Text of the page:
Ruins of a once prestigious castle built in 1302 by the Lords of Haneffe. In the 15th century, the Counts of La Marck acquire the chateau by marriage. At the end of the 15th century the famous William of La Marck owns the castle. During the civil war against the Prince-Bishop John of Hornes, he often sought refuge in the Chateau. The castle stayed in the hands of the La Marck family during the Wars of Religion against the Spanish occupier and was besieged in 1568 by Prince-Bishop John of Groesbeeck, who had been attacked by the troops of William of Orange. When the last Countess of the La Marck family marries the Duke Charles of Arenberg, the family loses the castle in 1774. After the French Revolution, the castle was sold to the Counts of Oultremont in 1812. In 1869, the chateau burnt down and was reconstructed. Several decades later, it became abandoned.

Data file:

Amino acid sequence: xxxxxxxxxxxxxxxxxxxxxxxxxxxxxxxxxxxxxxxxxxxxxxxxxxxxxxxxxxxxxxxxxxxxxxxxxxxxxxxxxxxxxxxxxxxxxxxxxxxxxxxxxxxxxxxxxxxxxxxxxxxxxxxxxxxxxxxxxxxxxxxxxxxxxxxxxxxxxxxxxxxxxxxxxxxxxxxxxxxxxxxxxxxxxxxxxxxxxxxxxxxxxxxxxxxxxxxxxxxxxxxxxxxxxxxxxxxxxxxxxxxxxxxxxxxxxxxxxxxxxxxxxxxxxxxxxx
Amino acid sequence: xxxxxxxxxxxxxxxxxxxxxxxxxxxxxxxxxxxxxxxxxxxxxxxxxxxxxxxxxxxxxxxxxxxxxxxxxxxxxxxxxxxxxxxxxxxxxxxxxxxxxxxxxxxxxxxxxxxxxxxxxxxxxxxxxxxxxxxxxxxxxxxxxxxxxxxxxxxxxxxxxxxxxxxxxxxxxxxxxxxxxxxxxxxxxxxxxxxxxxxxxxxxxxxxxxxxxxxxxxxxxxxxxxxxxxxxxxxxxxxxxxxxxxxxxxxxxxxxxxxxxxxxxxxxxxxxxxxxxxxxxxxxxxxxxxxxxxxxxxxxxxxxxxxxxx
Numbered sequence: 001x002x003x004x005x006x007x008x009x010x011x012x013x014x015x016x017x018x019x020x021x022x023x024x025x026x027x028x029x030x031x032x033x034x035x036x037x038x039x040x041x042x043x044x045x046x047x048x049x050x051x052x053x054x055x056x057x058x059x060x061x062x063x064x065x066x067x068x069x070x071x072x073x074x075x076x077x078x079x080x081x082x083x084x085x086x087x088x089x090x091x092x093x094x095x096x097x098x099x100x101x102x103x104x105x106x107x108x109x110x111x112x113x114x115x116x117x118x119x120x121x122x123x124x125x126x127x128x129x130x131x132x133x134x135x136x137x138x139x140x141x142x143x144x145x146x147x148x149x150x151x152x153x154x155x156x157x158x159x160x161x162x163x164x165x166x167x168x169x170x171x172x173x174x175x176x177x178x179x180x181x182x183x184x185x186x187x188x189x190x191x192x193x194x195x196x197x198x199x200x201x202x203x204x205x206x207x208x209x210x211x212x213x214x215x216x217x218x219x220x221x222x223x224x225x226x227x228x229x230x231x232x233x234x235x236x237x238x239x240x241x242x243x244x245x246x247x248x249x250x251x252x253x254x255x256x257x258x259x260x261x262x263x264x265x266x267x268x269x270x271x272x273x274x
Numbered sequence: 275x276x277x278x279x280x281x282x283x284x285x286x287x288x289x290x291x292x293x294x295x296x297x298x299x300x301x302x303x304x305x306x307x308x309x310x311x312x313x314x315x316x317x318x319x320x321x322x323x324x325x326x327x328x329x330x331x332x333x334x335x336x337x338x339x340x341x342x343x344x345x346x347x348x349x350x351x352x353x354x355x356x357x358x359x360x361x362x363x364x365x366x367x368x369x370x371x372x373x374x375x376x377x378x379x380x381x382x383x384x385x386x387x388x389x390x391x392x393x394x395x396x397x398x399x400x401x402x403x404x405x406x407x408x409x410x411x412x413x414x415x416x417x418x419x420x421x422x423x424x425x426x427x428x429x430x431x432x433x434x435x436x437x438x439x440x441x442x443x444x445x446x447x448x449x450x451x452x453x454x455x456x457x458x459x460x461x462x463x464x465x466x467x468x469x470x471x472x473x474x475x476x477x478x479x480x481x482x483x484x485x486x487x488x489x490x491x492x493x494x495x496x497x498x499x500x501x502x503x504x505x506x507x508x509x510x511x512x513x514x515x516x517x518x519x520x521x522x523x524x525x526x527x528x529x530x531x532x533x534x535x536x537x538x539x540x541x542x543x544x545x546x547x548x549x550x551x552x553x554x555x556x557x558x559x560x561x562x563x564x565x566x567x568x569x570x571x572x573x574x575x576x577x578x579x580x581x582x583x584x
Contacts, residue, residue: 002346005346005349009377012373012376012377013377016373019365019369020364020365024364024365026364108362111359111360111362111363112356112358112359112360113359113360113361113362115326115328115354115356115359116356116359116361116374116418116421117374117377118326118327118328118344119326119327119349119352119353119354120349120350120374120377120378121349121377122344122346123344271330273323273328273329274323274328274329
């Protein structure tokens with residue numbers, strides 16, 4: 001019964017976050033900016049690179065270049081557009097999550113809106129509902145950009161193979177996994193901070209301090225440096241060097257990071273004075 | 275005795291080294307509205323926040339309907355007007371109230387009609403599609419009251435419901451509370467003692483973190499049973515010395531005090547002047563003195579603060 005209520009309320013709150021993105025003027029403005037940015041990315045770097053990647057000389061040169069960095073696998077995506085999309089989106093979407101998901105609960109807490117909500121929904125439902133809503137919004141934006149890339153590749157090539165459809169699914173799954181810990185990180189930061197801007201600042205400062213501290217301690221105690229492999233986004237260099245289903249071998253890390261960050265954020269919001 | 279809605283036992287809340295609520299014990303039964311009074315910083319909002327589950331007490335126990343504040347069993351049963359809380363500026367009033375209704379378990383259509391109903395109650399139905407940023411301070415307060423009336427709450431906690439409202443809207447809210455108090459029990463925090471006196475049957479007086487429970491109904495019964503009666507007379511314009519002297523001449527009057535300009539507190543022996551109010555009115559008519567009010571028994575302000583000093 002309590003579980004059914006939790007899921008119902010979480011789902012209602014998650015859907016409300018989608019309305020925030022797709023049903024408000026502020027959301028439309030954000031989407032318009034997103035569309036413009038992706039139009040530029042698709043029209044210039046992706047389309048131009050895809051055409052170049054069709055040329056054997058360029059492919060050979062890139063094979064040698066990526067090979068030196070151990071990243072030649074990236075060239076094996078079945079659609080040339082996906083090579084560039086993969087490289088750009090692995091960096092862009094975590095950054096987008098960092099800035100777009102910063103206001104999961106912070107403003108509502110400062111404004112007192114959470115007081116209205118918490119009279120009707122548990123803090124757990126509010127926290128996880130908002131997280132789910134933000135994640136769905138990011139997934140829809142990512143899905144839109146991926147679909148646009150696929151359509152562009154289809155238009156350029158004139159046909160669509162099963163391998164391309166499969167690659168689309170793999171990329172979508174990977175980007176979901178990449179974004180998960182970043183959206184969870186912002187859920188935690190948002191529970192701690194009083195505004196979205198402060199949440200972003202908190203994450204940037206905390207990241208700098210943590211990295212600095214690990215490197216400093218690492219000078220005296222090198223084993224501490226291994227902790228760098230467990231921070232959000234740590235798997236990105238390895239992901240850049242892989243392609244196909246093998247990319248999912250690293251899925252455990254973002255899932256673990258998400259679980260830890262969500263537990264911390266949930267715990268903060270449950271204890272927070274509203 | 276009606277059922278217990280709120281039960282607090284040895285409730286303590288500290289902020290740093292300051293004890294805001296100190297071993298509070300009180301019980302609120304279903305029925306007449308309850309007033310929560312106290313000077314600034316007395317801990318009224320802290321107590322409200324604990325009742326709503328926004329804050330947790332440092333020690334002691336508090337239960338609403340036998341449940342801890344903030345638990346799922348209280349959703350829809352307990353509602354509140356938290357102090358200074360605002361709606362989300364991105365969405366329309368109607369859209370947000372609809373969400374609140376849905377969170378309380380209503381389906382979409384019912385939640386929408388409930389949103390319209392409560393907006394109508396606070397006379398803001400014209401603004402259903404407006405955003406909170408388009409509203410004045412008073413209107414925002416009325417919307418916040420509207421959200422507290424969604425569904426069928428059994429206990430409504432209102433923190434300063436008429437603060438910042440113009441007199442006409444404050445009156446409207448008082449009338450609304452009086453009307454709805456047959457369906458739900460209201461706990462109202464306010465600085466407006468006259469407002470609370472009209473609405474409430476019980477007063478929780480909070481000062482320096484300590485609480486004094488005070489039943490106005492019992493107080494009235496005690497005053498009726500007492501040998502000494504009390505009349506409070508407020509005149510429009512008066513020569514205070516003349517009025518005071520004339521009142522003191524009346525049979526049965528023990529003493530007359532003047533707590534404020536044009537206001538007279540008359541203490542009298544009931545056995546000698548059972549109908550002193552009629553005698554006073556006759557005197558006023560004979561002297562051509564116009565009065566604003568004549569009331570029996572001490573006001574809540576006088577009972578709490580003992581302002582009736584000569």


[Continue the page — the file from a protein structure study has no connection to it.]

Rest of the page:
This monastery with adjoining church was constructed in the early twentieth century (around the 1930s) by a catholic religious order on the site of a derelict castle (which was demolished to allow the construction of the monastère). Reconversion plans have already been drafted for this building.
Abandoned monastery dating back to the 16th century. The old convent, once owned by the Jesuits, was taken over by the community of Pain de Vie (Bread of Life). In 2007 a fire destroyed a big part of the buildings. In 2009 a new fire – and this time it wasn’t an accident – hit the convent once again. The damages were so big this time that the monastery had to be left abandoned.